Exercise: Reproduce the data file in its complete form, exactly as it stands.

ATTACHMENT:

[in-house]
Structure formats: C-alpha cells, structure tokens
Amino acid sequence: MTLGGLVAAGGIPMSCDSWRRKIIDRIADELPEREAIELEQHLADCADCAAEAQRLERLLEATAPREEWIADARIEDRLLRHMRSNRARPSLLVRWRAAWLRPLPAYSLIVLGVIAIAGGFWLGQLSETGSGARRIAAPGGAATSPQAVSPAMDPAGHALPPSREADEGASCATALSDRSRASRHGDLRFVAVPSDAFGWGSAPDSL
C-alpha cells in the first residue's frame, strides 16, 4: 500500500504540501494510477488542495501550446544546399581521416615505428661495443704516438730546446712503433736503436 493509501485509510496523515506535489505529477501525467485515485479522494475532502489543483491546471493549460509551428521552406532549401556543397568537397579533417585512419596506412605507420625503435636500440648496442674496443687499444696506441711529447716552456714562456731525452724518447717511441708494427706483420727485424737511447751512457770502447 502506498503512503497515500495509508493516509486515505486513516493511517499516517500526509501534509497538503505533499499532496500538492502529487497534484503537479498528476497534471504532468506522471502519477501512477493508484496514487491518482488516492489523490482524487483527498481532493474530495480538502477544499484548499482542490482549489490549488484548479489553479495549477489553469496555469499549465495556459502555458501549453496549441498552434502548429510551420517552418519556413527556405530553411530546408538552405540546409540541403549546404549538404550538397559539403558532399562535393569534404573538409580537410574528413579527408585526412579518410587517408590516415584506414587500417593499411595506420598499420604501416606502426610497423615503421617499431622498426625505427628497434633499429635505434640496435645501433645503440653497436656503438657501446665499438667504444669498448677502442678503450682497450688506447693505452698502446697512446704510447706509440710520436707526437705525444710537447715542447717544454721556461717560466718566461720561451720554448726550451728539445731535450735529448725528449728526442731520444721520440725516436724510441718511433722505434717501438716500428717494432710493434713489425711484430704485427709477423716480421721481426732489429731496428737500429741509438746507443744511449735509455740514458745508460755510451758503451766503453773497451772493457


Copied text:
[in-house]
Structure formats: C-alpha cells, structure tokens
Amino acid sequence: MTLGGLVAAGGIPMSCDSWRRKIIDRIADELPEREAIELEQHLADCADCAAEAQRLERLLEATAPREEWIADARIEDRLLRHMRSNRARPSLLVRWRAAWLRPLPAYSLIVLGVIAIAGGFWLGQLSETGSGARRIAAPGGAATSPQAVSPAMDPAGHALPPSREADEGASCATALSDRSRASRHGDLRFVAVPSDAFGWGSAPDSL
C-alpha cells in the first residue's frame, strides 16, 4: 500500500504540501494510477488542495501550446544546399581521416615505428661495443704516438730546446712503433736503436 493509501485509510496523515506535489505529477501525467485515485479522494475532502489543483491546471493549460509551428521552406532549401556543397568537397579533417585512419596506412605507420625503435636500440648496442674496443687499444696506441711529447716552456714562456731525452724518447717511441708494427706483420727485424737511447751512457770502447 502506498503512503497515500495509508493516509486515505486513516493511517499516517500526509501534509497538503505533499499532496500538492502529487497534484503537479498528476497534471504532468506522471502519477501512477493508484496514487491518482488516492489523490482524487483527498481532493474530495480538502477544499484548499482542490482549489490549488484548479489553479495549477489553469496555469499549465495556459502555458501549453496549441498552434502548429510551420517552418519556413527556405530553411530546408538552405540546409540541403549546404549538404550538397559539403558532399562535393569534404573538409580537410574528413579527408585526412579518410587517408590516415584506414587500417593499411595506420598499420604501416606502426610497423615503421617499431622498426625505427628497434633499429635505434640496435645501433645503440653497436656503438657501446665499438667504444669498448677502442678503450682497450688506447693505452698502446697512446704510447706509440710520436707526437705525444710537447715542447717544454721556461717560466718566461720561451720554448726550451728539445731535450735529448725528449728526442731520444721520440725516436724510441718511433722505434717501438716500428717494432710493434713489425711484430704485427709477423716480421721481426732489429731496428737500429741509438746507443744511449735509455740514458745508460755510451758503451766503453773497451772493457